Bordered on the east by the high plains and to the west by some of the most rugged mountains in the country, Colorado’s Northern Front Range is defined by its wide open vistas, a striking mountain backdrop, and a long agricultural heritage.
With the richest agricultural soils this county is experiencing the greatest growth pressures and as such is in danger of being over used and destroyed. To date, we have protected 2,929 acres through 19 projects in this rapidly developing part of Colorado.
The Northern Front Range is a colloquial geographic term for the populated areas of Colorado which stretch from the foothills of the Rockies just west of Boulder and Fort Collins, to eastern Weld County. Originally, most of this area consisted of short grass prairie. The rolling topography found along the western edge of the Northern Front Range is cut by the St. Vrain River, the Big and Little Thompson Rivers, and the Poudre River.
Perhaps of greatest significance in this part of Colorado are:
There are now more people living in the Front Range than were in the entire state 10 years ago. Recent estimates project that in 20 years, an additional two million residents will occupy the Front Range, a growth rate of 65% (CWCB, 2004) - or 43,500 acres developed per year (Hobbs and Theobald 1998).
Ironically, it is the counties with the richest agricultural soils that are experiencing the greatest growth pressures. Two of these counties - Larimer and Weld - grew an average of 36% between 1990 and 2000 (Colorado Demography Department).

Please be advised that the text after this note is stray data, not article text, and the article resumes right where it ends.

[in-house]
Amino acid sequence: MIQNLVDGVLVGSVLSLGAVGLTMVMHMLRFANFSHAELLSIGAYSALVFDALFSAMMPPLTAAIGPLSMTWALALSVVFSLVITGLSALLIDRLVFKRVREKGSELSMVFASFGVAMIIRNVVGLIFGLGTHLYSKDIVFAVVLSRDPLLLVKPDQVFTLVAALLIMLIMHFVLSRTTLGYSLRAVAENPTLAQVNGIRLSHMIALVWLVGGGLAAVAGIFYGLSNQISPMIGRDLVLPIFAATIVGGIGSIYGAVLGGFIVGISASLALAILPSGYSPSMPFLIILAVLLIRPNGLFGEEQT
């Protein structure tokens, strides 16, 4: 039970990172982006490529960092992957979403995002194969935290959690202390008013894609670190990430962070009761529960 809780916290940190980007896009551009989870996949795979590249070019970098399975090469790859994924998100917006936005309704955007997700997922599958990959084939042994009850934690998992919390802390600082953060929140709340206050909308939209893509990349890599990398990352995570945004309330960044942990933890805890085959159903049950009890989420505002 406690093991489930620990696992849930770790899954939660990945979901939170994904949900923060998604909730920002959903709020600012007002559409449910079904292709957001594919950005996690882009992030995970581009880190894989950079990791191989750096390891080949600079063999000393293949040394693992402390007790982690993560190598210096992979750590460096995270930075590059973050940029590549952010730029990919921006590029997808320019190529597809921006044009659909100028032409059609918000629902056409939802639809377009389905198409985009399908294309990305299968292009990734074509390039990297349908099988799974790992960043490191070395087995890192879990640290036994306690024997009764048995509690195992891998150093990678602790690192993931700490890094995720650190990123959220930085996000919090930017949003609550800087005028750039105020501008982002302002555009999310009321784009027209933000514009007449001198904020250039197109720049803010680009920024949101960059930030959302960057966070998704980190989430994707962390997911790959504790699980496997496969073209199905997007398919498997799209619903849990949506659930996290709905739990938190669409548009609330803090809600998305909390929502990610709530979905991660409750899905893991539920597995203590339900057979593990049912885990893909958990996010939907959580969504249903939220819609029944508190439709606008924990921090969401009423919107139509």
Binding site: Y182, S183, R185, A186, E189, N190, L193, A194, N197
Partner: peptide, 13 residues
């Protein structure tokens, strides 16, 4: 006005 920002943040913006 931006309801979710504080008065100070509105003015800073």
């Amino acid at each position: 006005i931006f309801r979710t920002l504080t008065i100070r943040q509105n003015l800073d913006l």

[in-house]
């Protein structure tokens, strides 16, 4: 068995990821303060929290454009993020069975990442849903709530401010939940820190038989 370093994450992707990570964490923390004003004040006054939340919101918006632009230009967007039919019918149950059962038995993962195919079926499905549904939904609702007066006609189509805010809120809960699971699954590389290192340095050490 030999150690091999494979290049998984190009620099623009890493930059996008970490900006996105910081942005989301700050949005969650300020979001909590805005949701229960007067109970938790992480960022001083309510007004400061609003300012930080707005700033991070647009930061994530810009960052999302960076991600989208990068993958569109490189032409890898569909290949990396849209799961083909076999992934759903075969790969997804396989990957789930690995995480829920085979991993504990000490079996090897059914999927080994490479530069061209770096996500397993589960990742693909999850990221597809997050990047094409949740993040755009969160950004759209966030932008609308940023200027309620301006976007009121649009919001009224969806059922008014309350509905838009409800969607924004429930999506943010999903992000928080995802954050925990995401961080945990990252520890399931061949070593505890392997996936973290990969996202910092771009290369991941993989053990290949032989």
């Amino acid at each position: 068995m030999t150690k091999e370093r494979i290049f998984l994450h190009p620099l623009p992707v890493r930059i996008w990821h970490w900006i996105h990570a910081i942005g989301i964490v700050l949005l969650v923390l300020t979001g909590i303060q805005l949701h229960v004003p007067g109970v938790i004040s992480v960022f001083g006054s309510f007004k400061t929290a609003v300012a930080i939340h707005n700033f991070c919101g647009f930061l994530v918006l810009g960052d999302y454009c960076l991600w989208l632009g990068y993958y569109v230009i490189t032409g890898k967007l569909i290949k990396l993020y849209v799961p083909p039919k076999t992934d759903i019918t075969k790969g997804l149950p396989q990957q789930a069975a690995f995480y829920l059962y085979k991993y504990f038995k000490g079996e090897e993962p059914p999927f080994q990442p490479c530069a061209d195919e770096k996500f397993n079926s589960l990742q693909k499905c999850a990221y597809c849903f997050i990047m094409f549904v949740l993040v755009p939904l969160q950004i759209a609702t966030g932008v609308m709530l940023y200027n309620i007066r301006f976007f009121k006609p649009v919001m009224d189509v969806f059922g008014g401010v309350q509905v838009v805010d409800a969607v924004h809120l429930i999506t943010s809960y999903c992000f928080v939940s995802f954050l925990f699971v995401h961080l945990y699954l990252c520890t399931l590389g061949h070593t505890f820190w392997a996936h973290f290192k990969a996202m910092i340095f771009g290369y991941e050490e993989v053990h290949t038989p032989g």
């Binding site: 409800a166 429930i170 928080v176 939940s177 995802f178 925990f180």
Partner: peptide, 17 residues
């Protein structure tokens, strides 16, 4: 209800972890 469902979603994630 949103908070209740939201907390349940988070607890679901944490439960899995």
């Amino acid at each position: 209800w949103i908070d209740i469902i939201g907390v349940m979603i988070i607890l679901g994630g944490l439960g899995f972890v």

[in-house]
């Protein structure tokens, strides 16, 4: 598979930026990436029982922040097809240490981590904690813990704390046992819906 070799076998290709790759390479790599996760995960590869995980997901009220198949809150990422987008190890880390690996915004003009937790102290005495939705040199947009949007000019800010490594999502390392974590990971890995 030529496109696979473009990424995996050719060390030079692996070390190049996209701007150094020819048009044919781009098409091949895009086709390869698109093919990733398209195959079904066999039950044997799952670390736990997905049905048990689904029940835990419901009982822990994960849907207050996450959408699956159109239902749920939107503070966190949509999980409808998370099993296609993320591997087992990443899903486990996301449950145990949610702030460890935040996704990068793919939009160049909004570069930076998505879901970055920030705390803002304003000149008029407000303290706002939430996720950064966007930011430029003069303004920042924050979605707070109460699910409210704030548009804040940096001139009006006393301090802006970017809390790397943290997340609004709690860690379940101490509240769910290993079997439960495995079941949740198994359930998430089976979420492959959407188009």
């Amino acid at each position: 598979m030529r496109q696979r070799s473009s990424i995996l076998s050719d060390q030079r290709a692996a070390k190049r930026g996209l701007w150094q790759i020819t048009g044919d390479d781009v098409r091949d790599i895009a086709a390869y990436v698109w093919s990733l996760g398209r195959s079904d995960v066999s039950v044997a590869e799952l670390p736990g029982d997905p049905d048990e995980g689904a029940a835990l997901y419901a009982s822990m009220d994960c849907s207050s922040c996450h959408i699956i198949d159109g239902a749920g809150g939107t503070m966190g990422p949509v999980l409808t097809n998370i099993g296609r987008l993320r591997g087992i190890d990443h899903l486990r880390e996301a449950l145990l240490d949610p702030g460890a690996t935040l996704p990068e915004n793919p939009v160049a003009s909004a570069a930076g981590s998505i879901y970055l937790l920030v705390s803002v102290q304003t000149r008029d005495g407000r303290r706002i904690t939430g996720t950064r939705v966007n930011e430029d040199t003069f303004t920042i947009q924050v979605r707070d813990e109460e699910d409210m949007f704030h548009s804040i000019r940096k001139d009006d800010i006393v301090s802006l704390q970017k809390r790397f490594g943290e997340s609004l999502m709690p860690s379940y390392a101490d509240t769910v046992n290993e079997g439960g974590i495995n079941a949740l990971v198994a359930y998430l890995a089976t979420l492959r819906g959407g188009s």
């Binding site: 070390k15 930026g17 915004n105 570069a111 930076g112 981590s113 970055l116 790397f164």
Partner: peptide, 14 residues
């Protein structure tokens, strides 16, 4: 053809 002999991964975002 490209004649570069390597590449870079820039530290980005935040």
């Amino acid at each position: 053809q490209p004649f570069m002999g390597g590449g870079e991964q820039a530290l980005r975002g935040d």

Because of these pressures, soaring land and water values make land protection in this area challenging. Most residents are aware of the loss of agricultural lands and open space, and of how development pressures continue to alter the landscape and character of the area.
As a result, broad public support exists for the concept of open space protection; however, translating that general support into specific programs with the necessary financial resources is a different issue.
Integrating the different perspectives and needs of communities and citizens in a way that will improve their quality of life presents an exciting challenge and opportunity for Colorado Open Lands.
As a result of the ongoing development pressures in the Northern Front Range, significant changes are occurring. These changes include:
Colorado Open Lands strives to protect active family farms, thereby preserving the land as well as the long-term continuation of each property’s agricultural use. As a result of the combined conservation efforts of Colorado Open Lands, local landowners, city and county governments, other local land trusts, businesses, and the State, we are:
Our partners in the Northern Front Range include:
Your support is critical to our ongoing success in helping willing Colorado landowners preserve and protect the great natural, cultural, and working landscapes of Colorado. You can help support this project and Colorado Open Lands’ ongoing efforts by:
Working in conjunction with local landowners, the Towns of Berthoud, Mead and other local municipalities, Larimer County, State Parks, and the Legacy Land Trust, we have collectively protected 1,921 acres through 13 projects. These projects represent the preservation of multi-generational family farms, river corridors, high-visibility scenic areas, and wildlife habitat.
Ninety-nine percent of our revenue goes directly to our land conservation programs.